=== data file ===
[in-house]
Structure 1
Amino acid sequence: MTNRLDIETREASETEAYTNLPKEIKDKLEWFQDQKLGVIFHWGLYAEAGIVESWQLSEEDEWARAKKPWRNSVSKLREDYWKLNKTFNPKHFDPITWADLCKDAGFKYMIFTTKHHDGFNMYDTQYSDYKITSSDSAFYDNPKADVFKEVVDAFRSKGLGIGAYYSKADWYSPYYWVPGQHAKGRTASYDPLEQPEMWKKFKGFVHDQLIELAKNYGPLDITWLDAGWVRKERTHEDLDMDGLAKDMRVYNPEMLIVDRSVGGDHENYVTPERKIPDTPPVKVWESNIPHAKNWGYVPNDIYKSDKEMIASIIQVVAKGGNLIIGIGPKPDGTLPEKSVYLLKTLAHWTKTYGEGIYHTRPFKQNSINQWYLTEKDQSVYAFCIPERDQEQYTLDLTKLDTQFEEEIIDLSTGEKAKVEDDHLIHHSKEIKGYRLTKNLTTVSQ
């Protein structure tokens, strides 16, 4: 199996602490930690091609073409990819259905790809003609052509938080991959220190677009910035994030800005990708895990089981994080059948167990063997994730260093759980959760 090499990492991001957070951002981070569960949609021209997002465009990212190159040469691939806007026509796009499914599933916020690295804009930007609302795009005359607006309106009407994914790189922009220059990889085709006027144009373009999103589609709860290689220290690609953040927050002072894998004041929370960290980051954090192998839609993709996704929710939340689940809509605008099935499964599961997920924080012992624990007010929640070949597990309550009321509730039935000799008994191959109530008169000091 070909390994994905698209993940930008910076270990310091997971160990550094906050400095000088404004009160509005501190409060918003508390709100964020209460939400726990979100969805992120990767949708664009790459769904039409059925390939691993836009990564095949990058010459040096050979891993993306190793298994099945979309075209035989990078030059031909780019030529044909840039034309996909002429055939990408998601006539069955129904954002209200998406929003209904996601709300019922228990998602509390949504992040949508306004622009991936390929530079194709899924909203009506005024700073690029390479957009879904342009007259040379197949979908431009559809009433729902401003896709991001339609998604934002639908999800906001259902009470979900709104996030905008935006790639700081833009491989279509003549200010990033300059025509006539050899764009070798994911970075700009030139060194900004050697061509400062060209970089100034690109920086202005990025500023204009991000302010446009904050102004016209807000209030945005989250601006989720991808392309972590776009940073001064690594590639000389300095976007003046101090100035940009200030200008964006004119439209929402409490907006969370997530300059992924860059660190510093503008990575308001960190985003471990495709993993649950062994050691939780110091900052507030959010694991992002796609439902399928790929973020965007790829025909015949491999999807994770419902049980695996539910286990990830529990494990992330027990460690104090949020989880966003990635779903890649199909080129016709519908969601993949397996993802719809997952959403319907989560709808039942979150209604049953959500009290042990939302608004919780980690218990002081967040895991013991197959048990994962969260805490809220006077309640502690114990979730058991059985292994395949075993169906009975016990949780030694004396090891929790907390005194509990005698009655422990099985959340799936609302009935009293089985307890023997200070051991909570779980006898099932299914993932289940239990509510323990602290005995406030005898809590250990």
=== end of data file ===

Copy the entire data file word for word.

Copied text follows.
[in-house]
Structure 1
Amino acid sequence: MTNRLDIETREASETEAYTNLPKEIKDKLEWFQDQKLGVIFHWGLYAEAGIVESWQLSEEDEWARAKKPWRNSVSKLREDYWKLNKTFNPKHFDPITWADLCKDAGFKYMIFTTKHHDGFNMYDTQYSDYKITSSDSAFYDNPKADVFKEVVDAFRSKGLGIGAYYSKADWYSPYYWVPGQHAKGRTASYDPLEQPEMWKKFKGFVHDQLIELAKNYGPLDITWLDAGWVRKERTHEDLDMDGLAKDMRVYNPEMLIVDRSVGGDHENYVTPERKIPDTPPVKVWESNIPHAKNWGYVPNDIYKSDKEMIASIIQVVAKGGNLIIGIGPKPDGTLPEKSVYLLKTLAHWTKTYGEGIYHTRPFKQNSINQWYLTEKDQSVYAFCIPERDQEQYTLDLTKLDTQFEEEIIDLSTGEKAKVEDDHLIHHSKEIKGYRLTKNLTTVSQ
């Protein structure tokens, strides 16, 4: 199996602490930690091609073409990819259905790809003609052509938080991959220190677009910035994030800005990708895990089981994080059948167990063997994730260093759980959760 090499990492991001957070951002981070569960949609021209997002465009990212190159040469691939806007026509796009499914599933916020690295804009930007609302795009005359607006309106009407994914790189922009220059990889085709006027144009373009999103589609709860290689220290690609953040927050002072894998004041929370960290980051954090192998839609993709996704929710939340689940809509605008099935499964599961997920924080012992624990007010929640070949597990309550009321509730039935000799008994191959109530008169000091 070909390994994905698209993940930008910076270990310091997971160990550094906050400095000088404004009160509005501190409060918003508390709100964020209460939400726990979100969805992120990767949708664009790459769904039409059925390939691993836009990564095949990058010459040096050979891993993306190793298994099945979309075209035989990078030059031909780019030529044909840039034309996909002429055939990408998601006539069955129904954002209200998406929003209904996601709300019922228990998602509390949504992040949508306004622009991936390929530079194709899924909203009506005024700073690029390479957009879904342009007259040379197949979908431009559809009433729902401003896709991001339609998604934002639908999800906001259902009470979900709104996030905008935006790639700081833009491989279509003549200010990033300059025509006539050899764009070798994911970075700009030139060194900004050697061509400062060209970089100034690109920086202005990025500023204009991000302010446009904050102004016209807000209030945005989250601006989720991808392309972590776009940073001064690594590639000389300095976007003046101090100035940009200030200008964006004119439209929402409490907006969370997530300059992924860059660190510093503008990575308001960190985003471990495709993993649950062994050691939780110091900052507030959010694991992002796609439902399928790929973020965007790829025909015949491999999807994770419902049980695996539910286990990830529990494990992330027990460690104090949020989880966003990635779903890649199909080129016709519908969601993949397996993802719809997952959403319907989560709808039942979150209604049953959500009290042990939302608004919780980690218990002081967040895991013991197959048990994962969260805490809220006077309640502690114990979730058991059985292994395949075993169906009975016990949780030694004396090891929790907390005194509990005698009655422990099985959340799936609302009935009293089985307890023997200070051991909570779980006898099932299914993932289940239990509510323990602290005995406030005898809590250990």